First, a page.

iPhone and iOS Forensics
Author: Andrew Hoog and Katie Strzempka
With the seemingly unstoppable popularity of Apple mobile devices such as the iPhone and the iPad, forensic specialists need to learn about the specific device models and their features, functions and file system, how to use the most popular commercial tools for analyzing and recovering the data and applications contained within them, and how to do it all in a legal manner. Luckily, all that knowledge is shared in this book.
About the authors
Andrew Hoog is a computer scientist, certified forensic analyst (GCFA and CCE), computer and mobile forensics researcher, former adjunct professor (assembly language) and owner of viaForensics, an innovative computer and mobile forensic firm.
Katie Strzempka is a Technology Consultant with viaForensics. She performs forensic investigations, security audits and research, and has trained investigators around the world in mobile forensics.
Inside the book
With the advent of smartphones and tablet computers, much of the data that has previously been stored on desktop and laptop computers has also found its way to those devices. And among the most popular devices in these two newer categories are definitely the iPhone (nearly 150 million units sold so far) and the iPad (circa 25 million sold).
Being Apple products and running Apple’s iOS mobile platform, they differ in many ways from similar devices offered by other companies, both in the design and functioning. So, learning how to extract data from them should start with finding out the differences between the various models and the various forensic examination approaches – all covered in the first chapter, with a special mention of Linux forensic tools.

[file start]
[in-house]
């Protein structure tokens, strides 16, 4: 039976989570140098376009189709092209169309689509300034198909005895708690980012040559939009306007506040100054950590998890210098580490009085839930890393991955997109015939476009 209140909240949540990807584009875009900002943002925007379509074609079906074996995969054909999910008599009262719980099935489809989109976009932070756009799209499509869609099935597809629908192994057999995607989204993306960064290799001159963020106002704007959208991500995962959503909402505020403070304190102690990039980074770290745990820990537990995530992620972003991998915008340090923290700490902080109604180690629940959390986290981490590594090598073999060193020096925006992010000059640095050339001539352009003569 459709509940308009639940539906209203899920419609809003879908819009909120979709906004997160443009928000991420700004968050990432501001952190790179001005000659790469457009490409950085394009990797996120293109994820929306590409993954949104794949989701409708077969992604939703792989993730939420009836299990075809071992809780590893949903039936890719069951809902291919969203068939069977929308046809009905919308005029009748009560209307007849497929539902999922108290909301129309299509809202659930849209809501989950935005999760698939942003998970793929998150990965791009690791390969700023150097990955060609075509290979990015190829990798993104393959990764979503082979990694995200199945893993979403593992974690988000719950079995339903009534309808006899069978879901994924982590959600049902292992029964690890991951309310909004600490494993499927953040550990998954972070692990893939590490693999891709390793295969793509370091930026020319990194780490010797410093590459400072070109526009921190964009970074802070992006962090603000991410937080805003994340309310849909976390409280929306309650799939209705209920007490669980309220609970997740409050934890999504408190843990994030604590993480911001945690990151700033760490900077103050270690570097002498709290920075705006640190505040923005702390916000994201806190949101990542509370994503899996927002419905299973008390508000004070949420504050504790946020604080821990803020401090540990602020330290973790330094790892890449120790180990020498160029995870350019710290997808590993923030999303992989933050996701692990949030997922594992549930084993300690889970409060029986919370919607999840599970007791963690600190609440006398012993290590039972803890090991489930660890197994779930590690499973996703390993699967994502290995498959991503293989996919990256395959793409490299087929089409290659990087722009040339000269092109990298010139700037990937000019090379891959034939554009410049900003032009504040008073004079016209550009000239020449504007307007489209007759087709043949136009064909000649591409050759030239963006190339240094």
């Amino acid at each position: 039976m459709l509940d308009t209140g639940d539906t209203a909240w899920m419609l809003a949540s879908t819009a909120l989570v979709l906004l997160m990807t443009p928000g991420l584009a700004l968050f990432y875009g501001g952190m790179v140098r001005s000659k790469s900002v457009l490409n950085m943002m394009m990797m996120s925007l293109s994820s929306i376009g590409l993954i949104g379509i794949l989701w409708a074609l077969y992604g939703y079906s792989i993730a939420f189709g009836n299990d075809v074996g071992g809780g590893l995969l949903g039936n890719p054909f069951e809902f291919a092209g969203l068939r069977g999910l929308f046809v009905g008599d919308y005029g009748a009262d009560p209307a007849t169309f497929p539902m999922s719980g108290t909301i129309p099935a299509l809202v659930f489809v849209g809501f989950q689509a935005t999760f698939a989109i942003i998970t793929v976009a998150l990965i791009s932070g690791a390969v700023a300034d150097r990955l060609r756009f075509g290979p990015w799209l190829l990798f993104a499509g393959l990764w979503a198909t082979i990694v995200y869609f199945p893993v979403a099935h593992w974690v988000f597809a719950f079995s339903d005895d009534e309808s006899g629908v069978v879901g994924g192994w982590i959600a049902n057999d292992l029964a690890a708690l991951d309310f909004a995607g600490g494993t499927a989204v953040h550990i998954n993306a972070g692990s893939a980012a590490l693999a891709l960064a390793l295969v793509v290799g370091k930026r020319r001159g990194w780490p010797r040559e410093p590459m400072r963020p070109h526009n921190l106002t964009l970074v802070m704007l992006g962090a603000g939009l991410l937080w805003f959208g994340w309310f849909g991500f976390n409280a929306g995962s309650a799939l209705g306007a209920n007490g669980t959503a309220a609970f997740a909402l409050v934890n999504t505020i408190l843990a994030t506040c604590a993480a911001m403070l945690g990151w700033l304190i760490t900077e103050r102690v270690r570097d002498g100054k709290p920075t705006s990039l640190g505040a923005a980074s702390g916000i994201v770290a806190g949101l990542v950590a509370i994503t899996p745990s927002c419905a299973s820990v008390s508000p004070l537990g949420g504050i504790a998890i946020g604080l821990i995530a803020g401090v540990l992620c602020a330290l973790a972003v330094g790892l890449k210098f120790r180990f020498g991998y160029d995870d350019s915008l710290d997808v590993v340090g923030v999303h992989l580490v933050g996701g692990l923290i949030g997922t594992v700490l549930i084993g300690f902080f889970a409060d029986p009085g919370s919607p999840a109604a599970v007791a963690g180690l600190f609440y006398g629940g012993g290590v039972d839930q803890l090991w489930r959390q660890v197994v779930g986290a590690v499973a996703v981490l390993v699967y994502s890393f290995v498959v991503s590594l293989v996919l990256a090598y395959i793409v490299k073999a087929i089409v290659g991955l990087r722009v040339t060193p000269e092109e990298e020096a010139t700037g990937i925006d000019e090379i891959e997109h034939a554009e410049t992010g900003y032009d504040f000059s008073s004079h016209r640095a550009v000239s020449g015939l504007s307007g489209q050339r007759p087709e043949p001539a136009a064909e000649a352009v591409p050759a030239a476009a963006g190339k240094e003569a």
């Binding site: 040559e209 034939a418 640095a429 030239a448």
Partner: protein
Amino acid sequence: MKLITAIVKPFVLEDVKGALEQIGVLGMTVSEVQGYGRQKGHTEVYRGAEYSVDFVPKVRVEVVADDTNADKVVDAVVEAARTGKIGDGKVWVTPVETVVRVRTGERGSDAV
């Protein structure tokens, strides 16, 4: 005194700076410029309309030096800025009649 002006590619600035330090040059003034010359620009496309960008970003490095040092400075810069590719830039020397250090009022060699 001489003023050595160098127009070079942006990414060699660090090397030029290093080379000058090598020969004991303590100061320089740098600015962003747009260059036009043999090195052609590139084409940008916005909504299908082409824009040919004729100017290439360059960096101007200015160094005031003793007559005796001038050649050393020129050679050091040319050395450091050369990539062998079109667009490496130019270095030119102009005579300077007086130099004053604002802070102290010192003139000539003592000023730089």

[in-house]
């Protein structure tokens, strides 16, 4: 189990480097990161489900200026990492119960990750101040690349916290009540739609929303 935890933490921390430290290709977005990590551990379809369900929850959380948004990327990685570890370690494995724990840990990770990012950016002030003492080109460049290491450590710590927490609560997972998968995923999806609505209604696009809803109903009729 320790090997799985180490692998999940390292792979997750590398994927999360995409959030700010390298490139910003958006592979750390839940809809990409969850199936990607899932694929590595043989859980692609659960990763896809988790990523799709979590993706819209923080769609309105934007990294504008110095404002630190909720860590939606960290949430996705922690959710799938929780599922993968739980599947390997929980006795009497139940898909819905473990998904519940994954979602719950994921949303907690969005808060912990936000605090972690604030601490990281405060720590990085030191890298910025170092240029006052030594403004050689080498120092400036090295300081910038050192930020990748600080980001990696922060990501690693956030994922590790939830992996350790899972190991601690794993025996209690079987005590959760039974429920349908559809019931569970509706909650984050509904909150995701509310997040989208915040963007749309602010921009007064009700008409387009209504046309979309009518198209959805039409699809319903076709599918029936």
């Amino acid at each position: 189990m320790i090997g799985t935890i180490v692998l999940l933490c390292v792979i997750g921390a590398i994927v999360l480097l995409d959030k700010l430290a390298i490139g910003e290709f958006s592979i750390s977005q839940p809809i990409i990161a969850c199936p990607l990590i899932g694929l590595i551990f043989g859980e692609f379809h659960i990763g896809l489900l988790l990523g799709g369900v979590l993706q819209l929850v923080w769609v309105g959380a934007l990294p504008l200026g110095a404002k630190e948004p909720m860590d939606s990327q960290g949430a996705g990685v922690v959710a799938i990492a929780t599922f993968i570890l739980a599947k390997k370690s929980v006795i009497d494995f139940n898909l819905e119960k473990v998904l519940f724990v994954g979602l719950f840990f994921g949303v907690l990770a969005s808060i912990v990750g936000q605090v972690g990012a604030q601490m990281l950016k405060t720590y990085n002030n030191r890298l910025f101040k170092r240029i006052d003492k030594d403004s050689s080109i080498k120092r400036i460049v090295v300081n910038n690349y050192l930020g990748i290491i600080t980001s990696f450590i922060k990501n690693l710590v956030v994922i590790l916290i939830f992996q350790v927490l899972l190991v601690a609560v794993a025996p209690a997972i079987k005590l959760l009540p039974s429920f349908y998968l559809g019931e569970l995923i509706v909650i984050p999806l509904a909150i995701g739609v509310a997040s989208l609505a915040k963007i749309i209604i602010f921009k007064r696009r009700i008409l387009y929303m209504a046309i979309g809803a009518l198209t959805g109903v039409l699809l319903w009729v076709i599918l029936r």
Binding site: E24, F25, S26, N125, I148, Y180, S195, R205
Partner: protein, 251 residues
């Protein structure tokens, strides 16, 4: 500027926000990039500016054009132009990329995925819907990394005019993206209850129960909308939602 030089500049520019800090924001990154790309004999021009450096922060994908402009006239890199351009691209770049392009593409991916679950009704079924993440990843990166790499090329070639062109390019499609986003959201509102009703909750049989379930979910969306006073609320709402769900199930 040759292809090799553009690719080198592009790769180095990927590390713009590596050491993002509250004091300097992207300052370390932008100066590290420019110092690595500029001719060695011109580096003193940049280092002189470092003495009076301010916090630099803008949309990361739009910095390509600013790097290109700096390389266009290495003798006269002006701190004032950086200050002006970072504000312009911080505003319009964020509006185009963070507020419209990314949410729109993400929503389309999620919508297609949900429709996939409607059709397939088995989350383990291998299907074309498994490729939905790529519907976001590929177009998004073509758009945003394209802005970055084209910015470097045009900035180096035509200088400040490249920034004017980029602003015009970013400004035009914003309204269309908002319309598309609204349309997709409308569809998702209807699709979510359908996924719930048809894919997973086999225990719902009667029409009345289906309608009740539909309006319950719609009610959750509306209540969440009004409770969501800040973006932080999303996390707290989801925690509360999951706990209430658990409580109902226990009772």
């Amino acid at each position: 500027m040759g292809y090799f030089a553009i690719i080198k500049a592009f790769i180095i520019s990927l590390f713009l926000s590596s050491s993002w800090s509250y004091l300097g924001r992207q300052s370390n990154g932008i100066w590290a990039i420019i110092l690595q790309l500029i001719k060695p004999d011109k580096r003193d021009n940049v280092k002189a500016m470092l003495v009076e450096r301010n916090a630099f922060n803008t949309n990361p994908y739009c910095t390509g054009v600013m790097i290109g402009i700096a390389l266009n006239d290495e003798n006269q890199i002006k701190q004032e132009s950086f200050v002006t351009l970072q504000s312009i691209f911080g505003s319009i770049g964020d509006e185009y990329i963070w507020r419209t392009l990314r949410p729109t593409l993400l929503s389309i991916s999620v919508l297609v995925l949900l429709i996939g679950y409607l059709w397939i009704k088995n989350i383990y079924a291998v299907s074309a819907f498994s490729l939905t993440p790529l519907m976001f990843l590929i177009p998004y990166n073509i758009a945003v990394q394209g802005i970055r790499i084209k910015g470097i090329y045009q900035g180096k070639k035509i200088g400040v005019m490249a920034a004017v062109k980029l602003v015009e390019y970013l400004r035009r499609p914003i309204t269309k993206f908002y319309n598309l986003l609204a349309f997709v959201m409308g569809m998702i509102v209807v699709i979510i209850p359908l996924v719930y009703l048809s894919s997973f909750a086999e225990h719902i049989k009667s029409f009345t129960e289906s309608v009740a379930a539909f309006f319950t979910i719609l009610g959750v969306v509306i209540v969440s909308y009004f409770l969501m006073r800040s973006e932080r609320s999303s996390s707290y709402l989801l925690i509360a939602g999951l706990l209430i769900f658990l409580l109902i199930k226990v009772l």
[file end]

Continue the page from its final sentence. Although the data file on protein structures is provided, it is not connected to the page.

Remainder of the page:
The rather shortish second chapter teaches the user about the various operating modes and settings of Apple mobile devices, as well as the way they interact with iTunes, the App Store and MobileMe. The third one teaches the reader which data is stored on the iPhone and where, and which information can be recovered from it with forensic tools – things that all users should be aware of. In fact, I believe that these two chapters should be available for free download on the Internet, as they are extremely well written and helpful.
The forth chapter contains information important to mobile device administrators and application developers, and offers general recommendations for securing applications and devices – especially those used in enterprises.
The last three chapters are dedicated almost exclusively to forensic experts. Chapter 5 introduces the different types of investigations for which their services may be required and the rules that they have to follow in order for the discovered evidence to be admitted in court. It then proceeds to explain every single step in the imaging (data acquiring) process of all the devices, pointing out not-so-obvious potential mistakes to be avoided.
Once the image is acquired, it’s time for it to be analyzed. Chapter 6 explains the techniques used to do that in great detail, with helpful screenshots and tons of code. The chapter includes the analysis of data collected and stored by popular third-party applications (Facebook, Dropbox, Mint.com, etc.)
Finally, in Chapter 7, the authors review a dozen or so forensic tools and toolkits available for the iPhone: CelleBrite UFED, iXAM, Oxygen Forensic Suite 2010, XRY, Lantern, MacLock Pick, Mobilyze, Zdziarski Technique, Paraben Device Seizure, MobileSyncbrowser, CellDEK, EnCase Neutrino, and iPhone Analyzer. A short description and the installation process for each tool is shared, as well as how to execute the forensic acquisition process and which results can be expected and how they are reported.
iPhone and iOS Forensics is an extremely informative book that may interest even people who aren’t interested in mobile forensics. With the aforementioned numbers of sold Apple mobile devices in the world, I believe that many users should at least have a casual knowledge of what’s going on behind the buttons and the screen, and what information can be extracted from the devices even after it has been deleted.
But the second, more technical part of the book is what will intrigue forensic specialists, and it is for that part that the book is worth reading. While a lot of the information contained in those chapters can be gathered throughout the Internet, this tome helpfully gathered it all in one place for easier perusal – not to mention the fact that the knowledge comes from two people who perform forensic analysis for a living.